Re: PR's 'pit bull' takes on open access: excerpts from article in Nature Magazine

From: Heather Morrison <heatherm_at_ELN.BC.CA>
Date: Mon, 29 Jan 2007 15:06:46 -0800

Patients and their families can benefit from reading the research
literature themselves, as is their right when they as taxpayers have
paid for it.

However, patients and families also benefit indirectly from public
access, when their health care professionals, educational
institutions training health professionals, and others (including
politicians, public servants, journalists and freelance writers) have
more access to the research literature.

With subscription access, there is a tremendous difference in access
for the health care practitioner in the large urban centre,
particularly one at a research / teaching hospital, and the health
care practitioner in the smaller community.

Access to the medical literature enhances opportunities for ongoing
professional development for these practitioners; for the patient,
this means service from a more knowledgeable provider overall, as
well as increasing the chances of benefiting from the results of more
recent research.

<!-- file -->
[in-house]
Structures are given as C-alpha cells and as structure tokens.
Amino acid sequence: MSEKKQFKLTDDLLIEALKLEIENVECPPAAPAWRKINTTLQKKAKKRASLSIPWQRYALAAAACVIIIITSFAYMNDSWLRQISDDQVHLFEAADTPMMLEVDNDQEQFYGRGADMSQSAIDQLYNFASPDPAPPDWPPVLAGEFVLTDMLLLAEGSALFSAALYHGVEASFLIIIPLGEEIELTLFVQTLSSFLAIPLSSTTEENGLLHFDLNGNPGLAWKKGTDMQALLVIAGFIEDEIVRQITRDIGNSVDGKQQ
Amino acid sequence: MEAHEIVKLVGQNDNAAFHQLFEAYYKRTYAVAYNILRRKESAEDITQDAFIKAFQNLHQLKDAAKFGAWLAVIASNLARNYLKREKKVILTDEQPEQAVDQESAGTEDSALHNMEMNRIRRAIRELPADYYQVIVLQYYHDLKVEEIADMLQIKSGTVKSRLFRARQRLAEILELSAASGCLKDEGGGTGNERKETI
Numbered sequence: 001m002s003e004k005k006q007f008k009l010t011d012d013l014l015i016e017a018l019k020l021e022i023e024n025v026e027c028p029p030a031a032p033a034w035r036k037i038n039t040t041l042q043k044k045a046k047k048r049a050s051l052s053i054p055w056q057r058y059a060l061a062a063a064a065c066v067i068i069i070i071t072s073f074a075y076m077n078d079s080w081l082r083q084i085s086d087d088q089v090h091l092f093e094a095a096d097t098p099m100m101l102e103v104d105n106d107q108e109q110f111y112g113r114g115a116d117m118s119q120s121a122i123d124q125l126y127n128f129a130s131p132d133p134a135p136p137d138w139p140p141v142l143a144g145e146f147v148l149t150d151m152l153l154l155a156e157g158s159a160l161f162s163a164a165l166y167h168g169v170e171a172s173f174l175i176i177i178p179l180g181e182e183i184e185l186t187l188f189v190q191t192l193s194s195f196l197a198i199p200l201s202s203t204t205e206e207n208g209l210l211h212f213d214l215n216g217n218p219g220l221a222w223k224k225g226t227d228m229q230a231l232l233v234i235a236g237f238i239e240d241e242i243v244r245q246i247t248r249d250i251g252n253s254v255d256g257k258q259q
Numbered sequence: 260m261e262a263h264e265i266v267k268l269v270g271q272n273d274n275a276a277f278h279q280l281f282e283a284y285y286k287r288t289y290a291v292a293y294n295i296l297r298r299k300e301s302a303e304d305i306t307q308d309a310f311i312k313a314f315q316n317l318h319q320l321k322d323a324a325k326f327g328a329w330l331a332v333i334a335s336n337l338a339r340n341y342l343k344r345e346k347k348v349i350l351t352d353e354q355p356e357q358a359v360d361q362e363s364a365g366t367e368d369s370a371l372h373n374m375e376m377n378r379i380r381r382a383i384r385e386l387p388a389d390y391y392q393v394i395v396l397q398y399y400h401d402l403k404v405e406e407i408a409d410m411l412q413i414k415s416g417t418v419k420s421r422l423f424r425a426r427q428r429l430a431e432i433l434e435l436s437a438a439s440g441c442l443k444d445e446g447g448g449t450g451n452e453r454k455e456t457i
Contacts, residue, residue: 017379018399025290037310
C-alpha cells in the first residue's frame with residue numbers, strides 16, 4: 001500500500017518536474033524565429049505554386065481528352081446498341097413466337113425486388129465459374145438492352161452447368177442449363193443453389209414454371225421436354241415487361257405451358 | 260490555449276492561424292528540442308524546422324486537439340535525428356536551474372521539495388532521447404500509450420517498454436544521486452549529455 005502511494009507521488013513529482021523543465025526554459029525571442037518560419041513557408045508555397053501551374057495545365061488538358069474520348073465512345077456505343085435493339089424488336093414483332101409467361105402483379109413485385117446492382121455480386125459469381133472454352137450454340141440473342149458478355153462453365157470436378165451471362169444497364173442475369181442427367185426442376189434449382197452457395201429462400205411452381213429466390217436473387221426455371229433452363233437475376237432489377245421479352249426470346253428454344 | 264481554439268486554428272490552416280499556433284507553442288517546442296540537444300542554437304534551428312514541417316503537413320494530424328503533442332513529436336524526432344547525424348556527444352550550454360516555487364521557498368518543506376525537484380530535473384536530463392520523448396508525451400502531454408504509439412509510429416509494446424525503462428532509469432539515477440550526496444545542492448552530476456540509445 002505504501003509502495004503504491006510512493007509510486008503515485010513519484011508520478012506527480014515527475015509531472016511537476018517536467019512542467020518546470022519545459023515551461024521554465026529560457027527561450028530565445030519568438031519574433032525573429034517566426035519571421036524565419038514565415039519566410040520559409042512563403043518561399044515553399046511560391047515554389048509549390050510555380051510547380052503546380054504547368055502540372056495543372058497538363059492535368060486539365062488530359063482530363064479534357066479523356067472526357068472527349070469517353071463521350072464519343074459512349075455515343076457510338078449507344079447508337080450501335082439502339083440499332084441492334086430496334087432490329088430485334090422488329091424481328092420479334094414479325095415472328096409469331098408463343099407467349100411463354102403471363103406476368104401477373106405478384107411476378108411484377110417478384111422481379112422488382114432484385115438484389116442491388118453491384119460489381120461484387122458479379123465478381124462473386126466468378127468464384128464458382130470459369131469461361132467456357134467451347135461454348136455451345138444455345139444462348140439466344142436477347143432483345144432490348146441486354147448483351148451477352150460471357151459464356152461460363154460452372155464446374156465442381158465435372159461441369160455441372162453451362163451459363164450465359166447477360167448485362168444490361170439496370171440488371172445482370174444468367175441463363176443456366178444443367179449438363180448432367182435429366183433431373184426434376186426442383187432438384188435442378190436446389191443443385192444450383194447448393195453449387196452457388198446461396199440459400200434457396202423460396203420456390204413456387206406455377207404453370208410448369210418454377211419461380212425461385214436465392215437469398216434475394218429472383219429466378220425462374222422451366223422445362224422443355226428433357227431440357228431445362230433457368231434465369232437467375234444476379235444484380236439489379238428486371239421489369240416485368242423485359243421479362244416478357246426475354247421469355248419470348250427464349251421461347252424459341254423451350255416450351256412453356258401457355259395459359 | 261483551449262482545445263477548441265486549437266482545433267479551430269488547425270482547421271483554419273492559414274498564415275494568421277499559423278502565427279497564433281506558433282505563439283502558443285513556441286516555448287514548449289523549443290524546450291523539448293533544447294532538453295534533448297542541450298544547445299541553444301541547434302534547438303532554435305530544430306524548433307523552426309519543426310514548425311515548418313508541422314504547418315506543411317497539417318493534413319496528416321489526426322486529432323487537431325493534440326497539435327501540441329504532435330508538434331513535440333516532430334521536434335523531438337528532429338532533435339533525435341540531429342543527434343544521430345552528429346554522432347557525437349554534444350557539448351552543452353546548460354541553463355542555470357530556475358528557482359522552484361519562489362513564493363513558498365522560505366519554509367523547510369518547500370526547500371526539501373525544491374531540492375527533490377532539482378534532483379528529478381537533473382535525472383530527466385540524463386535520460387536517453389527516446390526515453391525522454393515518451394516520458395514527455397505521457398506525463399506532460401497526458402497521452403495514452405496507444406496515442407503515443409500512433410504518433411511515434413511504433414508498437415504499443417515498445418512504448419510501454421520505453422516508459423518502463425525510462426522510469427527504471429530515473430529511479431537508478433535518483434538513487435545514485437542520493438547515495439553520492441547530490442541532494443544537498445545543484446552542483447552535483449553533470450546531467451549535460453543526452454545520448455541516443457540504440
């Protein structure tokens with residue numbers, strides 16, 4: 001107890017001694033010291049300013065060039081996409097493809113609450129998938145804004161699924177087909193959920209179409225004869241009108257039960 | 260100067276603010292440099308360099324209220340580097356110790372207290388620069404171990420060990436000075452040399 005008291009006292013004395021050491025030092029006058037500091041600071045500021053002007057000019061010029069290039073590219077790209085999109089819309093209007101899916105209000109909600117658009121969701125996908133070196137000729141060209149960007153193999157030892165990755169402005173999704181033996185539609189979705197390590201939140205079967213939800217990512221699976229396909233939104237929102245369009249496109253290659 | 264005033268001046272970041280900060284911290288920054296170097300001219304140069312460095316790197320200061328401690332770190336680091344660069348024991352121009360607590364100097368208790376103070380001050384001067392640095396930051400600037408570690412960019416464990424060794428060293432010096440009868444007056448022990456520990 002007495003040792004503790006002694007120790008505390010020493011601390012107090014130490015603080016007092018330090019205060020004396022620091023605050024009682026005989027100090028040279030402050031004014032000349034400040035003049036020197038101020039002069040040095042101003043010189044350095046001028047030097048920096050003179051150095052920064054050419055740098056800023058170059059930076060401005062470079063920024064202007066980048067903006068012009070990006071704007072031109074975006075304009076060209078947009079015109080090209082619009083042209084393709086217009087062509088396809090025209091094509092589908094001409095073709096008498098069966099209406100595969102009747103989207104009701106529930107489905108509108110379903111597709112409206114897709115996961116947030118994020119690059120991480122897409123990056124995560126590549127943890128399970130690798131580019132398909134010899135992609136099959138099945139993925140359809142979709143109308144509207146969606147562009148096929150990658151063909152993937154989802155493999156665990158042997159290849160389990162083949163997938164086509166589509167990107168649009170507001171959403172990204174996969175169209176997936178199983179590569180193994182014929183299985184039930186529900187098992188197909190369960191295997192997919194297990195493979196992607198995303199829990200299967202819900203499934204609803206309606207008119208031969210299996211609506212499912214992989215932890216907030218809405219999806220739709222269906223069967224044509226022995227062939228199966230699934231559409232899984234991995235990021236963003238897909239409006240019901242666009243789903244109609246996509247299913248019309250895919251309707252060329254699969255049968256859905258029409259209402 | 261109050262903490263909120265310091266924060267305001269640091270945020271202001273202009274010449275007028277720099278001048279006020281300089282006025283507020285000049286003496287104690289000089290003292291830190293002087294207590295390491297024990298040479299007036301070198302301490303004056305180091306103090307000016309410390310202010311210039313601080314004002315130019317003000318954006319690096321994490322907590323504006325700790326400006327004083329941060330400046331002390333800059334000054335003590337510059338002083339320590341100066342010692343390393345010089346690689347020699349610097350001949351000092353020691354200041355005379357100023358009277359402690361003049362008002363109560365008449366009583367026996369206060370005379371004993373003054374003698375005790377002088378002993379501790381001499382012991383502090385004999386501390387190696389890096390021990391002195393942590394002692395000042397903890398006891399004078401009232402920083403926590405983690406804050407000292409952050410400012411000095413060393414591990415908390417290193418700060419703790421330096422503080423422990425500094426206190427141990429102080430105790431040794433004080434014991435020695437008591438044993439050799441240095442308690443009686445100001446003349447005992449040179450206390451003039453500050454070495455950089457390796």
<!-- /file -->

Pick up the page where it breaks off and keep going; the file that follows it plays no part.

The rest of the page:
The same difference in access applies to educational institutions
outside of major centers, many of which play a key role in training
nurses and other allied health professionals. A small college in a
rural centre is unlikely to have more than a fraction of the
resources for subscriptions that is available at a large research
library. Expanded access to the research literature gives
professors in these institutions a means of keeping up, and keeping
educational programs more up to date.

Politicians and public servants at all levels have the means to make
better informed policy decisions when they have direct access to
research results.

Everyone can have access to more informed consumer health information
when mediary professionals, such as journalists and freelance
writers, have direct access to the research results.

Heather Morrison
Received on Tue Jan 30 2007 - 00:58:09 GMT

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